Sen. Chuck Schumer, citing an increasing number of Long Island babies born with heroin and prescription painkillers in their system, called on the federal government Monday to ramp up spending for programs aimed at curbing the growth of such cases.

At a news conference held at Cohen Children’s Medical Center in New Hyde Park, Schumer (D-N.Y.) said Congress recently approved $47 million in funding for the federal Substance Abuse and Mental Health Services Administration — a $35 million increase from last year meant to bolster opioid treatment and prevention programs throughout the country.

Schumer said he wrote to SAMHSA acting Director Kana Enomoto requesting a portion of the increase be directed to “help treat, prevent and promote public awareness” of neonatal abstinence syndrome, which occurs when an infant is exposed to drugs in the womb.

“It’s become a sad fact that the latest victims of the prescription drug crisis in this country are the most vulnerable in our society, innocent babies,” Schumer said.

Schumer’s call comes after a Newsday report earlier this month found Suffolk and Nassau have both seen increases in the number of drug-dependent babies born between 2009 and 2014.

Suffolk’s birthrate for drug-dependent babies more than doubled over the past six years, outpacing growth in New York City and other similar-sized counties. In 2009, 5.42 per 1,000 births in Suffolk had some level of opioid exposure, which increased to 11.2 in 2014, according to state health data. In Nassau, the birthrate increased from 2.33 in 2009 to 3.72 in 2014.

“We have more addicted babies on Long Island,” Schumer said while holding up a copy of Newsday’s report. “We want the headline to change to fewer.”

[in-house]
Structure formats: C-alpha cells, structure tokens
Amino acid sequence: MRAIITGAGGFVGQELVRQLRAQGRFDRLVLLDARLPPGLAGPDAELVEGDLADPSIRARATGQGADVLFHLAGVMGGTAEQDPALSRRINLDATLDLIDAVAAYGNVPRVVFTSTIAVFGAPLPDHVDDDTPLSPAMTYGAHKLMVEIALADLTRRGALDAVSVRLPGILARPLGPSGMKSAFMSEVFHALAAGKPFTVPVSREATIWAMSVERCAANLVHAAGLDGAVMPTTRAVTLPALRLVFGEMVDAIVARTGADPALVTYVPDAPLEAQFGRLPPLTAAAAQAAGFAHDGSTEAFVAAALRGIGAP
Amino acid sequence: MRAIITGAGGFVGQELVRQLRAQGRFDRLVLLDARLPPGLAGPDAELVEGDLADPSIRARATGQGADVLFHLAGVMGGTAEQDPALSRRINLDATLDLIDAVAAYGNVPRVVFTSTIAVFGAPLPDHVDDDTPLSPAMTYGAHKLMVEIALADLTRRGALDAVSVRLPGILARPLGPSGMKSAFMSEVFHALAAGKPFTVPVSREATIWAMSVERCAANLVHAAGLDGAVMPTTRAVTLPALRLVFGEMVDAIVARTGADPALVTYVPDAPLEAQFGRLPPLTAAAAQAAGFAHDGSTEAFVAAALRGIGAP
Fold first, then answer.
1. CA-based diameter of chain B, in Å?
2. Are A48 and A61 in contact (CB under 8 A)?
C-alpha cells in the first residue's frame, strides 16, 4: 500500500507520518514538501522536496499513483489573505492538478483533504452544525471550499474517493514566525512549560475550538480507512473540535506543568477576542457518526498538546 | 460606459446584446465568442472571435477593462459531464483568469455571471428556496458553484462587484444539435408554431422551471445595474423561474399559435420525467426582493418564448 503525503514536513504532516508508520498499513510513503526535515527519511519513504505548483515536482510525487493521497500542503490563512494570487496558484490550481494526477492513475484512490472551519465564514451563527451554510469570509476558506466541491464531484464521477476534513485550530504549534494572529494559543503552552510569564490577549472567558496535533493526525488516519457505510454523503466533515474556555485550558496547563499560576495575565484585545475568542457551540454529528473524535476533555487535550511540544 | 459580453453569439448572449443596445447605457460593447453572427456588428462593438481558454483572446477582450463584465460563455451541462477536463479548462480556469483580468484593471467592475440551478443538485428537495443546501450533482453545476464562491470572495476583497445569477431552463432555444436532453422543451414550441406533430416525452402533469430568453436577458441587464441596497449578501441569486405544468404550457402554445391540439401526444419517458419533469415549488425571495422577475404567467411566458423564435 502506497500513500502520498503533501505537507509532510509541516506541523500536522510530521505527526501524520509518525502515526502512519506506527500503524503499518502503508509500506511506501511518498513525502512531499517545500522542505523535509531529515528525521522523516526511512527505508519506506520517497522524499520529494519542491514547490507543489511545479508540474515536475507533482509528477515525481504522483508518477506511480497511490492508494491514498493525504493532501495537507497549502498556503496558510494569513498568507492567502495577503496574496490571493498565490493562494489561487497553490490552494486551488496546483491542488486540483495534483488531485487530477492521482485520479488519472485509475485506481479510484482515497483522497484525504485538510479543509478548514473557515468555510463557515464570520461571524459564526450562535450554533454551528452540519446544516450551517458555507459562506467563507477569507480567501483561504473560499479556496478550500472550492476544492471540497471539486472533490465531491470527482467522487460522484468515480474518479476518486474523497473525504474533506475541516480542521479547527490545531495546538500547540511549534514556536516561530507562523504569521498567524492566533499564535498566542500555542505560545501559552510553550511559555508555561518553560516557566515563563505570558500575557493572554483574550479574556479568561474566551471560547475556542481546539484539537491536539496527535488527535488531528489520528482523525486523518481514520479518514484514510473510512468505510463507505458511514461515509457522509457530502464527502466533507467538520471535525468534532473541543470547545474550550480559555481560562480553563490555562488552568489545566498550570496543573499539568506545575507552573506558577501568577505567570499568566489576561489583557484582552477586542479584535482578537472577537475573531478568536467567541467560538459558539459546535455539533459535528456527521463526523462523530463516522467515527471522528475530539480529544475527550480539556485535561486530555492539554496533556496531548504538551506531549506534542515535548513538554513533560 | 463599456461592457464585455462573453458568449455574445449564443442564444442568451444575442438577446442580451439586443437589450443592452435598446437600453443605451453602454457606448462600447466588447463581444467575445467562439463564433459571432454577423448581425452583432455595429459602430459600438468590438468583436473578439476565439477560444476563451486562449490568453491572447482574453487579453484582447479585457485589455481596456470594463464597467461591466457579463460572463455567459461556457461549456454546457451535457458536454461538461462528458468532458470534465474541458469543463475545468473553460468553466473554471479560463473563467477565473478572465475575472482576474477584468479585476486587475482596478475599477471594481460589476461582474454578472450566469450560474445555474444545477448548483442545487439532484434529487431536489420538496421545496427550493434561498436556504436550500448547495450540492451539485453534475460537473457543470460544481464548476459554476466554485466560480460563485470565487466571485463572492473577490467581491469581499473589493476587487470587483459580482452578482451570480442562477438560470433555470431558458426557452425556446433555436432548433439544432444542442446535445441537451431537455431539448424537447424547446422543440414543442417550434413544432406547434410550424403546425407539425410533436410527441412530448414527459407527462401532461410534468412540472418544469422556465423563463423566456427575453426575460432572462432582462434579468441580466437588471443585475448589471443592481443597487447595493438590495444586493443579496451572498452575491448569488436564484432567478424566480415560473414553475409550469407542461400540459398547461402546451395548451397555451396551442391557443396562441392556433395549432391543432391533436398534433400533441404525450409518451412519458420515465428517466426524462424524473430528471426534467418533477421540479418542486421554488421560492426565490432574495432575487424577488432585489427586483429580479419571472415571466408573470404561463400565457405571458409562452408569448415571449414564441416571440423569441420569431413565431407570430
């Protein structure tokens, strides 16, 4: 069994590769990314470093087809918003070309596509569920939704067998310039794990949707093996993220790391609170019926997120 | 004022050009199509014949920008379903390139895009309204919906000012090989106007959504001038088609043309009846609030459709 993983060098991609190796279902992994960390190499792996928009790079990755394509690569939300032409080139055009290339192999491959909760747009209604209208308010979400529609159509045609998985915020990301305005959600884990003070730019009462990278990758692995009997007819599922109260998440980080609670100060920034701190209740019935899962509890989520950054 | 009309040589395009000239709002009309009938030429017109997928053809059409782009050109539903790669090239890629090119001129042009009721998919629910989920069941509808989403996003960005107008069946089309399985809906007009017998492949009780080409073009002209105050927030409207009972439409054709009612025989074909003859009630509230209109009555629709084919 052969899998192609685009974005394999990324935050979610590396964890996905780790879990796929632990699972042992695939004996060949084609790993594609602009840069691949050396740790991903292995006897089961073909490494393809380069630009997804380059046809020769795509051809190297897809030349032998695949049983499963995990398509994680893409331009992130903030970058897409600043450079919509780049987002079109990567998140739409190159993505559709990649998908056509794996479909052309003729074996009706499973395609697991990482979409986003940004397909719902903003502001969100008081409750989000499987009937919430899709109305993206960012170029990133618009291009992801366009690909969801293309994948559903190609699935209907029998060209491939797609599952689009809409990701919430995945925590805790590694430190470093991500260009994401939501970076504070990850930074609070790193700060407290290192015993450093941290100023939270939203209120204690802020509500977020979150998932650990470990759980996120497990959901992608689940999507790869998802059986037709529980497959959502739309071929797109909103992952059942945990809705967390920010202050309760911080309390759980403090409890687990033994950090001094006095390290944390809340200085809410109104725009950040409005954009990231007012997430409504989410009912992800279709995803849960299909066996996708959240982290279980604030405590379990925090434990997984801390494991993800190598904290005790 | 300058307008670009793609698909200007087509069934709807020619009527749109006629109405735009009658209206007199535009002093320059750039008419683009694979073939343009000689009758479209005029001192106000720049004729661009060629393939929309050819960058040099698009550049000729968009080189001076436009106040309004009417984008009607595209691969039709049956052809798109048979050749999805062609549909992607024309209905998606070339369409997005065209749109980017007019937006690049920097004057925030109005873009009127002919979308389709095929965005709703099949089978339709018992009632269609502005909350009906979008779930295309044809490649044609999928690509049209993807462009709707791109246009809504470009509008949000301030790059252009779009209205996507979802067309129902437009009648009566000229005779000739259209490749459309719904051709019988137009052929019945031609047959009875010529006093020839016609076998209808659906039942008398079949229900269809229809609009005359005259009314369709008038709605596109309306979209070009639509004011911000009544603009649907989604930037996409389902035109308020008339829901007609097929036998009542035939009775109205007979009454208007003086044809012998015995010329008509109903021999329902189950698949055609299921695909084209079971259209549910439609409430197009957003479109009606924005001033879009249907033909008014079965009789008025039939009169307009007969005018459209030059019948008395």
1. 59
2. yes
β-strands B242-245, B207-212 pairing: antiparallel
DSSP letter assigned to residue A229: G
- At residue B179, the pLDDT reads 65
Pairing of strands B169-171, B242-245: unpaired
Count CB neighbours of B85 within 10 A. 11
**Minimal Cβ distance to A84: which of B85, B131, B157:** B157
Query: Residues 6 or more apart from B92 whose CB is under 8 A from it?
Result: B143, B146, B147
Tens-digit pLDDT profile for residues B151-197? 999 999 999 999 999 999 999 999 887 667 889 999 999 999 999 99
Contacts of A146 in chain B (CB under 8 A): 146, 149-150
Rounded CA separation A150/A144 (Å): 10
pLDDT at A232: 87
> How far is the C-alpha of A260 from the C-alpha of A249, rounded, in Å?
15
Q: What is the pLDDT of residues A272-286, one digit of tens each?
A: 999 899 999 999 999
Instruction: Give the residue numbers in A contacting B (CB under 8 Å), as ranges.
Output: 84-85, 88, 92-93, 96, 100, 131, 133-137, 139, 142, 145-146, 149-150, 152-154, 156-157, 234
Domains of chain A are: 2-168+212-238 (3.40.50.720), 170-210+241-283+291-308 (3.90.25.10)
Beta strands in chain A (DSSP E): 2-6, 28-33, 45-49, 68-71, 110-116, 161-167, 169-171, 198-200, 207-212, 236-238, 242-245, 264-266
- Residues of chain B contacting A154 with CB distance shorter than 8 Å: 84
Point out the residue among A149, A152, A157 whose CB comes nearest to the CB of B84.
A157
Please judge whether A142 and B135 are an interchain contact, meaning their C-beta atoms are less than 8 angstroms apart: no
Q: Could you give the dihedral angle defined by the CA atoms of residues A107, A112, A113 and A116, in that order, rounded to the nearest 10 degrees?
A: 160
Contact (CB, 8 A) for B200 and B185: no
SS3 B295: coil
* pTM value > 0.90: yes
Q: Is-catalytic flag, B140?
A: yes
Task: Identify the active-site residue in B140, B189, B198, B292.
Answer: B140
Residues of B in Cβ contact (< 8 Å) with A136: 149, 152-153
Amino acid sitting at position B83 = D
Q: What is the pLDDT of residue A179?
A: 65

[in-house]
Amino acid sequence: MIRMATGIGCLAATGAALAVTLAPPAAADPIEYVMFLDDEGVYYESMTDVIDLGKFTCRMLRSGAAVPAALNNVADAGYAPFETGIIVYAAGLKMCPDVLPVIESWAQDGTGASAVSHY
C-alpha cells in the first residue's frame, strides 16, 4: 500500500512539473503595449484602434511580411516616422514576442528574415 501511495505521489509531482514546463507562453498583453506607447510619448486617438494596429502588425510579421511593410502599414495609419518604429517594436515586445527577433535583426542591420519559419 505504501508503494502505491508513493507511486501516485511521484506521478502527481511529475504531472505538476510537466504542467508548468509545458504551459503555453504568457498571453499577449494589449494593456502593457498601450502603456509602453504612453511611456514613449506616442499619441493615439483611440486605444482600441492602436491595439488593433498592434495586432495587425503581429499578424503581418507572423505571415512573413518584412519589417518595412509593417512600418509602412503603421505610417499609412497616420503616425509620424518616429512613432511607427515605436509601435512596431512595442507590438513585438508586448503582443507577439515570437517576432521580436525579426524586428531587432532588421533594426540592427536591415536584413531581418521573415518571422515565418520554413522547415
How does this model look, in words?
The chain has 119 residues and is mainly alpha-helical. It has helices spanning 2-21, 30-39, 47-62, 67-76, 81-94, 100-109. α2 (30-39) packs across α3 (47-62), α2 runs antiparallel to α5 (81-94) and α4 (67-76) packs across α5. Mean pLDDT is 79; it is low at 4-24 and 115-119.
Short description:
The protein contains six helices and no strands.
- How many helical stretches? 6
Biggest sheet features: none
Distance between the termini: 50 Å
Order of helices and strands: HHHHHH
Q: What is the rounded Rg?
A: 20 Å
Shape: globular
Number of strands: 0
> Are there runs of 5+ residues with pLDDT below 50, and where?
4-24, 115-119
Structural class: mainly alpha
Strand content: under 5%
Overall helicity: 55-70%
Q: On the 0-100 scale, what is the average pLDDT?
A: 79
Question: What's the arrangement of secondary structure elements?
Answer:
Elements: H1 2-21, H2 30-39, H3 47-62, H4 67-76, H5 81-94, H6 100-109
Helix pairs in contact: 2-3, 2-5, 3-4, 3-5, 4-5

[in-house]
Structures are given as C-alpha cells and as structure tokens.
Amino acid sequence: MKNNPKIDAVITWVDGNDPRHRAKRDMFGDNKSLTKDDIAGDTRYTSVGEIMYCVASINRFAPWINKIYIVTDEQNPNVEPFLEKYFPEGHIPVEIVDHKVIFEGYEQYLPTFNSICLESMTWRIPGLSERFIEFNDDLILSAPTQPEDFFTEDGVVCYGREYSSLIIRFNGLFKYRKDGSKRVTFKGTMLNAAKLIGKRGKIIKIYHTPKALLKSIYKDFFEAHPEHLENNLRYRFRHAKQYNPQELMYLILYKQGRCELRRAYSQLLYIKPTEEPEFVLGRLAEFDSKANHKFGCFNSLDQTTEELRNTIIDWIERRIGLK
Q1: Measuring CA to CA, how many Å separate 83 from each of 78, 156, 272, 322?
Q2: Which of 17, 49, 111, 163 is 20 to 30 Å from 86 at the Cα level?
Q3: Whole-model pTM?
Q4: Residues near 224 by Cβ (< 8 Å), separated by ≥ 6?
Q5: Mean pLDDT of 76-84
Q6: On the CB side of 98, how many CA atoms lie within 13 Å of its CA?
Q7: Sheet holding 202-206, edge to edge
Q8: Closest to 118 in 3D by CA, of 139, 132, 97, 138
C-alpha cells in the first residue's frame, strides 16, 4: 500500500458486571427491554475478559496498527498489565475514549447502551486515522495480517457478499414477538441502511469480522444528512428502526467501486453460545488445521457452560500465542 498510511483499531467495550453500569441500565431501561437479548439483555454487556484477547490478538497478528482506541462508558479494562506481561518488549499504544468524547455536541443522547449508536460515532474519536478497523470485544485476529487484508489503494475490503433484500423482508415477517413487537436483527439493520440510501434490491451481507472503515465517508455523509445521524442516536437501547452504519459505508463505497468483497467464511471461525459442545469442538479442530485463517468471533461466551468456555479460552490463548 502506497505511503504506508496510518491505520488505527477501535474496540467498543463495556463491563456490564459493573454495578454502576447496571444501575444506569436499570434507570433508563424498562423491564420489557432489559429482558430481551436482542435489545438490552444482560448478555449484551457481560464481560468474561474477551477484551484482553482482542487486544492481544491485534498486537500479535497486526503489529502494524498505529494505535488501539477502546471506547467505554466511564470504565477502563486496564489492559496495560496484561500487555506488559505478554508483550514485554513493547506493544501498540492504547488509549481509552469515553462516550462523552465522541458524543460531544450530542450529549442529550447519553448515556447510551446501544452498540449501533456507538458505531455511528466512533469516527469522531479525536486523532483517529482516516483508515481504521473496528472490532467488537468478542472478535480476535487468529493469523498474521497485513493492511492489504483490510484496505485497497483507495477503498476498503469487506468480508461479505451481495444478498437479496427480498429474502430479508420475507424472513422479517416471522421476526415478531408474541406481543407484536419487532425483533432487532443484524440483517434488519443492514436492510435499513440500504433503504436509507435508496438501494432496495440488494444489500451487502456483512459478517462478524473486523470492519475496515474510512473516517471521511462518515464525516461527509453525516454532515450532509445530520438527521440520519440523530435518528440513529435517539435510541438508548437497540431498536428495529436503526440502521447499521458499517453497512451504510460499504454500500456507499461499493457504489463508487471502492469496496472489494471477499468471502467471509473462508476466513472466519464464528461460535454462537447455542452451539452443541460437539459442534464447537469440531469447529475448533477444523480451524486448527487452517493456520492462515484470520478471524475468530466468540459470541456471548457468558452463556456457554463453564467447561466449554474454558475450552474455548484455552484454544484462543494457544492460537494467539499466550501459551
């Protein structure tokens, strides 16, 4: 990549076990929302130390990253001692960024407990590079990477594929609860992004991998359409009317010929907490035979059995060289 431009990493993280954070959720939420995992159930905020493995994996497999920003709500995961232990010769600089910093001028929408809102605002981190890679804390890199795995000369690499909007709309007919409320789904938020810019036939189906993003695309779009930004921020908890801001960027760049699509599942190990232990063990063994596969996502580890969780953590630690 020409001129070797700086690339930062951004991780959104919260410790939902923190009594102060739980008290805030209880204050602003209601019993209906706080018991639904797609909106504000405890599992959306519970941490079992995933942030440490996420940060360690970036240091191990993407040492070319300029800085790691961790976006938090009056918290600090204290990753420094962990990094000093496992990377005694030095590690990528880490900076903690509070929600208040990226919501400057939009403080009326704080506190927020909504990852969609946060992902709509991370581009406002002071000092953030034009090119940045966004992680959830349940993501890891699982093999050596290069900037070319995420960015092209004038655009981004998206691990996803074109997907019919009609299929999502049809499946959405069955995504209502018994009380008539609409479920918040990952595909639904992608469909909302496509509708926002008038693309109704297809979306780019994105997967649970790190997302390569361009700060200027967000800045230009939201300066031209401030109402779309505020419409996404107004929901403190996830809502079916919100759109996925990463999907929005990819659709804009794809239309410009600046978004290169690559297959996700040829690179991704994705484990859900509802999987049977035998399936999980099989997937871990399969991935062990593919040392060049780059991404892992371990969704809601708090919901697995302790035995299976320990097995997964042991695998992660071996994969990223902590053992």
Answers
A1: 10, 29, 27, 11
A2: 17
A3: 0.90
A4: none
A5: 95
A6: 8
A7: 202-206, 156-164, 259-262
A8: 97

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Schumer proposes making funds available to local hospitals and social service agencies through a grant process, saying Long Island programs would stand a good chance of winning funding because Nassau and Suffolk have been “an epicenter” of increasing heroin and prescription drug abuse.

Schumer was joined by Jeffrey Reynolds, executive director of the Mineola-based nonprofit Family and Children’s Association, and Dr. Andrew Steele, medical director of Cohen Children’s Medical Center, who both said additional funds were needed for programs specializing in the treatment of mothers and children.

“This crisis has been bubbling just below the surface for years,” Reynolds said. “We always knew that a byproduct was going to be pregnant women and their kids . . . it’s an opportunity for us to rethink the way we provide treatment for women and kids. There are very few treatment slots across New York State, where you can go in as a parenting mom and say, ‘I’d like to get treatment.’ Typically, getting treatment means separating yourself from your newborn, which quite frankly isn’t good for anyone. So this gives us the chance to right some historic wrongs.”